Conformed to Christ


When believers receive Jesus Christ as their Lord and Savior, they are His, not the world's. As fallen creatures, all men and women are spiritual orphans, cast out of God's presence (the Garden of Eden in Genesis 3:23). When a person believes in the Son and receives His free gift of salvation, that person is returned to the presence of the Father. An orphan no more.

Jesus said in John Chapter 12:

31 Now is the time for judgment on this world; now the prince of this world will be driven out.
32 But I, when I am lifted up from the earth, will draw all men to myself.
The believer is delivered from Fallen Man's condition of spiritual abandonment and is adopted as a son or daughter into the Kingdom of God. One of the most oft-quoted passages in the Bible is Jesus' parable of the prodigal son (Luke 15:11-31). A young man leaves his father for a far away land, whereupon he squanders his inheritance. He regrets his decision and resolves to return home. To his great surprise, the son is welcomed home by his father with open arms. The parable of the lost son neither suggests so-called "free grace" (or antinomianism) nor denies the plenary guarantee of eternal salvation. Rather, it illustrates the believer's justification by grace through faith. The key point is that the prodigal son repented: he "came to his senses" (Luke 13:17), turned around, and came back home. Repentance (from the Greek metanoeo, meaning "to turn back") is the action that brings the lost son back into the loving arms of his father. His inheritance remains. The gift of salvation is God's to give, but the believer's stewardship of that gift has very high stakes indeed. Had not the son repented, he would've been lost forever.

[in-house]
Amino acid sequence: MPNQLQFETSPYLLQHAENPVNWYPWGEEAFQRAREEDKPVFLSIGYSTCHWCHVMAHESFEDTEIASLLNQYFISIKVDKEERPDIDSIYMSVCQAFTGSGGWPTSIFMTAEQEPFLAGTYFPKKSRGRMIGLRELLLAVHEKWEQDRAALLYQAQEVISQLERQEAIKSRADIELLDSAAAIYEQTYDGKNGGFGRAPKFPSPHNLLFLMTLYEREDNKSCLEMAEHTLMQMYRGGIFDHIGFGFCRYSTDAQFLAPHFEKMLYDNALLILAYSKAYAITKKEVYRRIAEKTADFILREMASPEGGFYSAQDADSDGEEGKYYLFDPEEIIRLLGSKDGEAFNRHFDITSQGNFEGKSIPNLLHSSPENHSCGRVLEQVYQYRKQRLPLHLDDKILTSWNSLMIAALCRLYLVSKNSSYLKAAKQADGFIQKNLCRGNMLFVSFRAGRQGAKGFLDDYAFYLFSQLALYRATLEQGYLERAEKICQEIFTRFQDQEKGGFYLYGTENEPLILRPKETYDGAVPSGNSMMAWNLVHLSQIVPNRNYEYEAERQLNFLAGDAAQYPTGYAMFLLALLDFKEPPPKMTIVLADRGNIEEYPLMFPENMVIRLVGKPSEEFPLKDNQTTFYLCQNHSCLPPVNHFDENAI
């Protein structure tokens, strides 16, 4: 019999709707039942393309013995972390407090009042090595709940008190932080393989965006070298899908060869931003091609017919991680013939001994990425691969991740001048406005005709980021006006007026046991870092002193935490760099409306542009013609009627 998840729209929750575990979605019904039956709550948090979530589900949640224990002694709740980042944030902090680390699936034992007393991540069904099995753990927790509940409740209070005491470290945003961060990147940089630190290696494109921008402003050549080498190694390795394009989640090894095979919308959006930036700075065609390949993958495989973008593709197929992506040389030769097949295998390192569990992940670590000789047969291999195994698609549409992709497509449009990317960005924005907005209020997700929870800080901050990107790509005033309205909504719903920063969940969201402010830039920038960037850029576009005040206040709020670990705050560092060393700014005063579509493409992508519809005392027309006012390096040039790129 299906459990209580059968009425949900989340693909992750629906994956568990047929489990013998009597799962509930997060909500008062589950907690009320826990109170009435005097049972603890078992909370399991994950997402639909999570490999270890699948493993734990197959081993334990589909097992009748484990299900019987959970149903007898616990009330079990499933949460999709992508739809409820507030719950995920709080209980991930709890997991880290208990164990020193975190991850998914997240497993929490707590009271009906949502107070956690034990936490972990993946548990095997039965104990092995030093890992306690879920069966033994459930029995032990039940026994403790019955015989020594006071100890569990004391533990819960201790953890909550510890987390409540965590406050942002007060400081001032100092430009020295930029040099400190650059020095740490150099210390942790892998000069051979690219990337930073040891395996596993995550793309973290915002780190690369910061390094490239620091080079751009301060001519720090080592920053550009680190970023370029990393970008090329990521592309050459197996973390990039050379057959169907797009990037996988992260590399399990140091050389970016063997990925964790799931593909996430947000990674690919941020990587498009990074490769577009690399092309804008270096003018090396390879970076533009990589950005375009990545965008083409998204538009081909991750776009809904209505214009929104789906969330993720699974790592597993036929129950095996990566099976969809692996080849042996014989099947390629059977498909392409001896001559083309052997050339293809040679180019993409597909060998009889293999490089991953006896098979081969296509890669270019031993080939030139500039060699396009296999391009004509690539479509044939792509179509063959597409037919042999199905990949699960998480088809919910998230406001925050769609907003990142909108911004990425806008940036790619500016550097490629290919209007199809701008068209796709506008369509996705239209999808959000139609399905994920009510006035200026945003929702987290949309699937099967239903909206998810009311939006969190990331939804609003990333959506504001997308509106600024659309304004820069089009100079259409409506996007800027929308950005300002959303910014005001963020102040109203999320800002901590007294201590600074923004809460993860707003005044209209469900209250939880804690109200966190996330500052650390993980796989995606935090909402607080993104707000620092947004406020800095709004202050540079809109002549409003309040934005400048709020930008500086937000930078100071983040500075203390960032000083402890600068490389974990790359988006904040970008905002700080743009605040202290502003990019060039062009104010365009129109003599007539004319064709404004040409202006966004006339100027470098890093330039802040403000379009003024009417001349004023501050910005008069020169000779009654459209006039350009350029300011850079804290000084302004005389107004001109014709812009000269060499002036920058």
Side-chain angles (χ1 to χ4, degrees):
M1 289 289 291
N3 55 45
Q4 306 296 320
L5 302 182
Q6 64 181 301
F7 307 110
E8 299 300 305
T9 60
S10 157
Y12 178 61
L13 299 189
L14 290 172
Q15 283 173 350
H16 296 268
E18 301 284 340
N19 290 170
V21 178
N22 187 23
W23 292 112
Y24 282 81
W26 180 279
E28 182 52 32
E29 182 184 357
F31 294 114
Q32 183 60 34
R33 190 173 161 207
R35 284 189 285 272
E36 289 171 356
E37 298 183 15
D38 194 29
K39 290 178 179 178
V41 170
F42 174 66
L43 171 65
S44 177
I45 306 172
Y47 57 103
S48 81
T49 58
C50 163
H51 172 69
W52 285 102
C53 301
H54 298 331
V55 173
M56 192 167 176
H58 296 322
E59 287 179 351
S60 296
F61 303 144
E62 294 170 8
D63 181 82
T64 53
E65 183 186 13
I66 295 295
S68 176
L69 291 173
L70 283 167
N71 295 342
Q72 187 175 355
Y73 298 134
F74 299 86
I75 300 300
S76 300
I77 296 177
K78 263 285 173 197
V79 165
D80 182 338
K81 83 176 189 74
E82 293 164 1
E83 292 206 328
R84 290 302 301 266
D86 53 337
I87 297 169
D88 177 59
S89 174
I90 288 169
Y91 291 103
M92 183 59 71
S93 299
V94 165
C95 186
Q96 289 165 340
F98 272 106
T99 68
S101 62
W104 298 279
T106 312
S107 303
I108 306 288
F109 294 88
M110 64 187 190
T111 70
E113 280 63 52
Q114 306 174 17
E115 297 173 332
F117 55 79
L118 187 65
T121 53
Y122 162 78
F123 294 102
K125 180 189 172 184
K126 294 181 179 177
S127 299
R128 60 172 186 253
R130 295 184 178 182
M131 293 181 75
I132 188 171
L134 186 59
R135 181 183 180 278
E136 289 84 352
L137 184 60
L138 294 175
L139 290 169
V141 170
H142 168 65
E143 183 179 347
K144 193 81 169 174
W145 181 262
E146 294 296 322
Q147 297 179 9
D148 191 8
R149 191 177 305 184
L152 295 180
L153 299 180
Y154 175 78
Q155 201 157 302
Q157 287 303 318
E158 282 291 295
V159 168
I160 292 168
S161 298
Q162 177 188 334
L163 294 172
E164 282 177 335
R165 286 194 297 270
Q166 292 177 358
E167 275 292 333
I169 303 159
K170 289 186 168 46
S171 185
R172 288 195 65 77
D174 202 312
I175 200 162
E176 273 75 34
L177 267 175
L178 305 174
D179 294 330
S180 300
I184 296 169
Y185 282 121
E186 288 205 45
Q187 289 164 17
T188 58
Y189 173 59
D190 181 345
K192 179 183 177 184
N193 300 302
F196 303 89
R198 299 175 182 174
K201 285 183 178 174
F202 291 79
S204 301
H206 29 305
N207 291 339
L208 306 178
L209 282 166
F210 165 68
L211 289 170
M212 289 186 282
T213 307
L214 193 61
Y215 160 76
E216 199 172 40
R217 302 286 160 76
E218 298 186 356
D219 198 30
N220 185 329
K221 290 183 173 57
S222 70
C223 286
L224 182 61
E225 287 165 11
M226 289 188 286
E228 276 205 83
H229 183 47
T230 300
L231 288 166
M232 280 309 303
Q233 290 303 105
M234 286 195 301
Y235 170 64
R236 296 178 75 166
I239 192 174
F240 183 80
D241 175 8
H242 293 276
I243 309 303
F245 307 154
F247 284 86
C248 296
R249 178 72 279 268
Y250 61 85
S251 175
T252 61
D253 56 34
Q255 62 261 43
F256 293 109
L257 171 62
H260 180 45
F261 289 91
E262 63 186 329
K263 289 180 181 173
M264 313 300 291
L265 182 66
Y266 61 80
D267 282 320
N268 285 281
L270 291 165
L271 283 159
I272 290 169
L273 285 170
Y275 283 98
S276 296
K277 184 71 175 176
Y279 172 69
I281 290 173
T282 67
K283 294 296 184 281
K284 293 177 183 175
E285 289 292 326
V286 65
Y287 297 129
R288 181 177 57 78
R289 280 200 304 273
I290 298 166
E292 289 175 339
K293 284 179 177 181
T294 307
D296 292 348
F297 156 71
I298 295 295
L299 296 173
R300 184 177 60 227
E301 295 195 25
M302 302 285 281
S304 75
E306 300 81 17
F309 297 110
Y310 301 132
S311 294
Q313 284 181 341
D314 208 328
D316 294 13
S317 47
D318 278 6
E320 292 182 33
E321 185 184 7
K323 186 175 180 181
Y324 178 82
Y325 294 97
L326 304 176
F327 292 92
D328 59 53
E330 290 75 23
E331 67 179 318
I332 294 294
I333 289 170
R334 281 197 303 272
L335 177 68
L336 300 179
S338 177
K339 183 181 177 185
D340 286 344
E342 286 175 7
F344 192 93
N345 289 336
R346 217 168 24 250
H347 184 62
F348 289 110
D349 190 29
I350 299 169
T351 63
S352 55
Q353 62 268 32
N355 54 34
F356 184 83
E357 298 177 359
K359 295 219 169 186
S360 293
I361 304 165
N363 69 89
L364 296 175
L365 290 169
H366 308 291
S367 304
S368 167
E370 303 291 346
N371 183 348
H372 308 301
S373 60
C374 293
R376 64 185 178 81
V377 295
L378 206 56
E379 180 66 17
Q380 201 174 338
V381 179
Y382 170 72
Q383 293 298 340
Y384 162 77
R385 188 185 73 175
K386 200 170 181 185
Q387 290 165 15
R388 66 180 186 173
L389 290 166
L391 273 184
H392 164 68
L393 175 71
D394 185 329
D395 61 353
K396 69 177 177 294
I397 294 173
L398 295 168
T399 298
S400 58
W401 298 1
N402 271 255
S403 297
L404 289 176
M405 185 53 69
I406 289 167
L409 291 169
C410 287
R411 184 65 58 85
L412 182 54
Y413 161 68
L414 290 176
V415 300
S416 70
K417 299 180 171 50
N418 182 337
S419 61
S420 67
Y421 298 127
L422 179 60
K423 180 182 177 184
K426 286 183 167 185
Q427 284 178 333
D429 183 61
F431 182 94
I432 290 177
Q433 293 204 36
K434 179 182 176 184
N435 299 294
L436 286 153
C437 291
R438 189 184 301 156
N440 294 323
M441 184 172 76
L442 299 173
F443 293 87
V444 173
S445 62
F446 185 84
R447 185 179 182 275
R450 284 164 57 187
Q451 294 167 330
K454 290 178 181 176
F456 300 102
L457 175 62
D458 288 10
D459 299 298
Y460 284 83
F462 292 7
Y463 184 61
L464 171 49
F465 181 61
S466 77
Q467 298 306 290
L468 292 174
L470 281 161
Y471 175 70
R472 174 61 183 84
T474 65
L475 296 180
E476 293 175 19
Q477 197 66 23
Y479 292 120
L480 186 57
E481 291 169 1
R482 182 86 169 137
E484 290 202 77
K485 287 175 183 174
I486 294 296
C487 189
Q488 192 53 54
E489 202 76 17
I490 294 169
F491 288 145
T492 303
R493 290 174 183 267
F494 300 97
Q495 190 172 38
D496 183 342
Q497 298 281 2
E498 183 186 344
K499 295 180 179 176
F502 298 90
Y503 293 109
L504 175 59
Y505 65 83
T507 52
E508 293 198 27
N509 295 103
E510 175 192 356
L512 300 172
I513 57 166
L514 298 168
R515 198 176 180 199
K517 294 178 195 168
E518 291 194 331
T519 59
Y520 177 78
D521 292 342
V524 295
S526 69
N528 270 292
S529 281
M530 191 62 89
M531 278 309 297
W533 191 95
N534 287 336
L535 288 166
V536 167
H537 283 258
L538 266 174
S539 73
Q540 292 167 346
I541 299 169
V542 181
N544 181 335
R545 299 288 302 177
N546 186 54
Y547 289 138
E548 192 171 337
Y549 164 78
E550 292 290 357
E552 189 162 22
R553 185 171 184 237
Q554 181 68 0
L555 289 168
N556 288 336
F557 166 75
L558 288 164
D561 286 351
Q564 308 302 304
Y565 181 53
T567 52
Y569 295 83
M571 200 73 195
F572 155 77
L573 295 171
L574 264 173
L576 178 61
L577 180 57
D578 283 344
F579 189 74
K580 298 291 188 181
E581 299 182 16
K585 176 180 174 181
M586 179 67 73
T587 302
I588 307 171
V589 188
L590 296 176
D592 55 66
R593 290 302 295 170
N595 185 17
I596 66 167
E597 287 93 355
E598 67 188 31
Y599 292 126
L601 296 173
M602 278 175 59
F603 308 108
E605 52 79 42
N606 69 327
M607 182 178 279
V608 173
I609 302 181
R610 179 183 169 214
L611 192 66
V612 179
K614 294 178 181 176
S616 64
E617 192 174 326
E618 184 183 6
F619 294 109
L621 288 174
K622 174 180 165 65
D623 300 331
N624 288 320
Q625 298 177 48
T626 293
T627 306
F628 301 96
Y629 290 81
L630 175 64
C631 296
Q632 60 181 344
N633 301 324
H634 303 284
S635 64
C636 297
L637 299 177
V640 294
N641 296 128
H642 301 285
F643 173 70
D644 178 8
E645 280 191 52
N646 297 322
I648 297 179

Christian stewardship involves making choices that fly against the natural tendencies of sinful man. The Apostle Paul wrote most pointedly, "We know that the law is spiritual; but I am unspiritual, sold as a slave to sin." (Romans 7:14) Lot from Genesis Chapter 19 was an example of the carnal believer, very much attached to his city but nonetheless righteous before the Lord (2 Peter 7-8). Though God delivers Lot from destruction, He does not spare the man the horrifying consequences of his worldly life (Genesis 19:26, 33). A repentant King David suffers great personal loss as a result of his sinful episode with Bathsheba and Uriah (2 Samuel 11-12), but the Lord keeps His promise of securing the throne in the line of David. Because of passages like these and the story of the prodigal son, the following question frequently arises: can the believer stray willy-nilly from God, then come back whenever he pleases and still freely receive salvation? It's a leading question. Although pretending otherwise, it expects an answer which presupposes that man is party to his salvation and that there exists an insecurity, however small, to the Lord's eternally secured plan for believers. Man has tried for centuries to reformulate or change Bible-based Christian soteriology.

Paul wrote in Philippians Chapter 3:
9 And be found in [Christ], not having a righteousness of my own that comes from the law, but that which is through faith in Christ.
To be found in Christ -- that is is the goal of the believer. Or: to glorify God, to walk with the Lord, to be conformed to His image. In the preceding verse, Paul specifically states that this goal is achieved not from self-righteousness but from faith in Christ. Paul is not talking about any old kind of faith. Fallen man waxes poetic about "faith" all the time, yet he has no capacity for true faith. Sure, he has faith in himself, in fellow man, in the works of man -- but not faith in God. Upon receiving Christ as Lord and Savior, the believer receives the imprimatur of Christ, the Holy Counselor (Holy Spirit). Jesus refers to the indwelling of the Holy Spirit in John 15:26: "When the Counselor comes, whom I will send to you from the Father, the Spirit of truth who goes out from the Father, he will testify about me." The capacity for true faith, that is, submission to Christ, cannot exist without the Holy Spirit.